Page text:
SDN Troubleshooting Simulator
Ever had to manually dig through logs to find the one or two inputs that lead your controller software to break? sts seeks to eliminate this need, freeing you to debug the problematic code itself.
sts simulates the devices of your network, allowing you to easily generate tricky test cases, interactively examine the state of the network, and automatically find the exact inputs that are responsible for triggering a given bug.
sts depends on pox. To install sts, you'll just need to clone both repositories:
$ git clone git://github.com/ucb-sts/sts.git $ cd sts $ git clone -b debugger git://github.com/noxrepo/pox.git pox/
Take sts for a test drive with:
This will boot up pox, generate a 20-switch FatTree network, and begin feeding in random inputs.
You can also run sts interactively:
$ ./simulator.py -c config/interactive.py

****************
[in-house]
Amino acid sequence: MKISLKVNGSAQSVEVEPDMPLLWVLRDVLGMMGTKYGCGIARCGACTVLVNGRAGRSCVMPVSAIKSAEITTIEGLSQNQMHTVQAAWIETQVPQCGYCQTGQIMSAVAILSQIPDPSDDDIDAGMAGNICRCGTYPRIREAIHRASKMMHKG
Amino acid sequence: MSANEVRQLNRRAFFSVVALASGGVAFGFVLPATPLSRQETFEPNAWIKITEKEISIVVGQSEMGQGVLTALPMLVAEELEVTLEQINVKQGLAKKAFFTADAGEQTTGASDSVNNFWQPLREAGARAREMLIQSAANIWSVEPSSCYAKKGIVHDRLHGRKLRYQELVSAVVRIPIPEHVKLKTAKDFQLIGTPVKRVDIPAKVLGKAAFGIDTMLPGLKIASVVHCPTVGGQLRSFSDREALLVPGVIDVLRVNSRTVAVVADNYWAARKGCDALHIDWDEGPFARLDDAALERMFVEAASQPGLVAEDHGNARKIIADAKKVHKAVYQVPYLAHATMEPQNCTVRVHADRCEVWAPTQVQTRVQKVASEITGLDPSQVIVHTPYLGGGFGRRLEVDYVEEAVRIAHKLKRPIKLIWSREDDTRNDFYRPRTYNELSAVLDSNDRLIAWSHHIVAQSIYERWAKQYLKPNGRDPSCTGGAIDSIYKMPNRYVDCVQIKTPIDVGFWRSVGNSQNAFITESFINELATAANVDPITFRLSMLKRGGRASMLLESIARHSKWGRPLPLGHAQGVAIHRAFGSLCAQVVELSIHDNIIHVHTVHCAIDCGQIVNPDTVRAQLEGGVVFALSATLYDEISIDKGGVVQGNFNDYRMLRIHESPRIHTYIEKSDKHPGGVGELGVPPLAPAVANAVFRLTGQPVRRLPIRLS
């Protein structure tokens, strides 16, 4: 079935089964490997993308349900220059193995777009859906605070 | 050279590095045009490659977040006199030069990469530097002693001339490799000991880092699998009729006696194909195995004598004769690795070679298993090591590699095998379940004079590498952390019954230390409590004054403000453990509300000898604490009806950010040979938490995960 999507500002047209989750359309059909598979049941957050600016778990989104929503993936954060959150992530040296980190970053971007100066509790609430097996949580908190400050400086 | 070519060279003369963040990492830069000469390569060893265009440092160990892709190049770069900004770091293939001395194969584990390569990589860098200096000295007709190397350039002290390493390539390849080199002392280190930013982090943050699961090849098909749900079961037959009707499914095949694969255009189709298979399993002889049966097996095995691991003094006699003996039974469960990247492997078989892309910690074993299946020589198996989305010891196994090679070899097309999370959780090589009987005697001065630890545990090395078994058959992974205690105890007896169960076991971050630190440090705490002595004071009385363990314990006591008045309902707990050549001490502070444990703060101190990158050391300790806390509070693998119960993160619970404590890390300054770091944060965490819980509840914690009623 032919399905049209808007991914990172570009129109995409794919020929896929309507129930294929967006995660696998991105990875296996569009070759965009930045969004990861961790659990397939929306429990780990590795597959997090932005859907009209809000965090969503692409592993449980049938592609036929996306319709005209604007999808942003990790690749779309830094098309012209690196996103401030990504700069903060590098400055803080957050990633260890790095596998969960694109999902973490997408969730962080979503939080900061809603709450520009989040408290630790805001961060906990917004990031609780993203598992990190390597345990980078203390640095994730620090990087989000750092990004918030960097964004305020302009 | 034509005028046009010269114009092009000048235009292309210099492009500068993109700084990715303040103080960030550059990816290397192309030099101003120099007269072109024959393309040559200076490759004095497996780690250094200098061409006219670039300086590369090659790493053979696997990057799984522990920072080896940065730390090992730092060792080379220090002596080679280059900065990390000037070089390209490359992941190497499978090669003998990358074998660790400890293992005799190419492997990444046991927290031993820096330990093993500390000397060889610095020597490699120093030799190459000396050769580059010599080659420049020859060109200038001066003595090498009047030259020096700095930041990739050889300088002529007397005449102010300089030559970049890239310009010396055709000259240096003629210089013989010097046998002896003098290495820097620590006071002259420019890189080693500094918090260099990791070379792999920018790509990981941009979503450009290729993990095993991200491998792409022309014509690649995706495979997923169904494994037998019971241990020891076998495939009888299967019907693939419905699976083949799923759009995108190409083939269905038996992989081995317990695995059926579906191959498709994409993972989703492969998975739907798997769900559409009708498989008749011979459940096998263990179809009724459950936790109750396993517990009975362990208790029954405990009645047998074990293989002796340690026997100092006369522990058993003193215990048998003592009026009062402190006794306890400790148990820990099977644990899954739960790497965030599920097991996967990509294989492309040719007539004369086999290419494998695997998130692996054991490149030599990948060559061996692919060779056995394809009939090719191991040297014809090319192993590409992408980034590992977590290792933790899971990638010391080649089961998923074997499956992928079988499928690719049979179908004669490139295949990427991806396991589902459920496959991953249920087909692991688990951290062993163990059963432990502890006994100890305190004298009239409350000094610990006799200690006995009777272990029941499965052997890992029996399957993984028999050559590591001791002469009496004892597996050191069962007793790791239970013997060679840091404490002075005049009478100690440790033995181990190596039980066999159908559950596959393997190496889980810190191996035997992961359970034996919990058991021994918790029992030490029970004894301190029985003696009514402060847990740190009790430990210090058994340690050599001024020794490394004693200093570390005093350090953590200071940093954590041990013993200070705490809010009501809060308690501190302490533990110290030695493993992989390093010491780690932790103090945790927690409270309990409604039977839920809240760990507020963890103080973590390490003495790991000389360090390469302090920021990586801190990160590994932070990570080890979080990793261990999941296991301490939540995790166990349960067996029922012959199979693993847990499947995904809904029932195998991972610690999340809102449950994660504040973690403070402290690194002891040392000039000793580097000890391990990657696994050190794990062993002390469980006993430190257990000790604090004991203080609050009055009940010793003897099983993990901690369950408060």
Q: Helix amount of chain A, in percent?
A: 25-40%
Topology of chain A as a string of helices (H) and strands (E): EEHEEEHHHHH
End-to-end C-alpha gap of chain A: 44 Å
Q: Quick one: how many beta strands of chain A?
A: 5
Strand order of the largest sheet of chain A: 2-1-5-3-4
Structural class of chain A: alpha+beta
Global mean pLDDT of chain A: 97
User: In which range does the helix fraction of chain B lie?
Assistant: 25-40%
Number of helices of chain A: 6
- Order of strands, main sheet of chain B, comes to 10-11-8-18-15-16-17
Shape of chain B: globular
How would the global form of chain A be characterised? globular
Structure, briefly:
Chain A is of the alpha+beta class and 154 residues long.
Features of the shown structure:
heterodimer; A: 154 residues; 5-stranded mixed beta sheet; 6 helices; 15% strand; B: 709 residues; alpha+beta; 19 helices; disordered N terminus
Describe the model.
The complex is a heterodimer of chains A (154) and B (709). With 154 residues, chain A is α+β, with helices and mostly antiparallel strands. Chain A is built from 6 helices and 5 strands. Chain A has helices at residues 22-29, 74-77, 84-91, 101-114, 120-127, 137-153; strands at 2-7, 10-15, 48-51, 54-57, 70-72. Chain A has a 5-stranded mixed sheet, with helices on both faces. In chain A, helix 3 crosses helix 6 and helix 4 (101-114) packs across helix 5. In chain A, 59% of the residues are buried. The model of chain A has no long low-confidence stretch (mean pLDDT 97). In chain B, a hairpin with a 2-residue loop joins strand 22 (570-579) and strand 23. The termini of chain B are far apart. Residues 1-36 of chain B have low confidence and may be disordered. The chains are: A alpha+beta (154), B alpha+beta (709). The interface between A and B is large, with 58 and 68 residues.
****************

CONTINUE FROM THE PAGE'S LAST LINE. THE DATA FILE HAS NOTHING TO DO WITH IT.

sts can be used to replay previous executions:
$ ./simulator.py -c config/pox_example_replay.py
Finally, sts is able to identify the minimal set of inputs that trigger a given bug:
$ ./simulator.py -c config/pox_example_mcs.py
You can turn up the verbosity of the simulator's console output by passing the '-v' flag to simulator.py.
The simulator automatically copies your configuration parameters and console output into the experiments/ directory for later examination.
The config/ directory contains sample configurations. You can specify your own config file by passing its path:
$ ./simulator.py -c config/my_config.py
See config/README for more information.
sts requires python 2.7+
To use the advanced features of sts, you may need to install and make two dependencies:
$ sudo pip install pytrie $ (cd sts/headerspace/hassel-c && make -j)
If your controller supports OpenFlow 1.0, sts works out of the box. You'll only need to change one line in the config file to instruct sts how to launch your controller process(es).
For more information about the research behind sts, see our paper draft.
Send questions or feedback to: firstname.lastname@example.org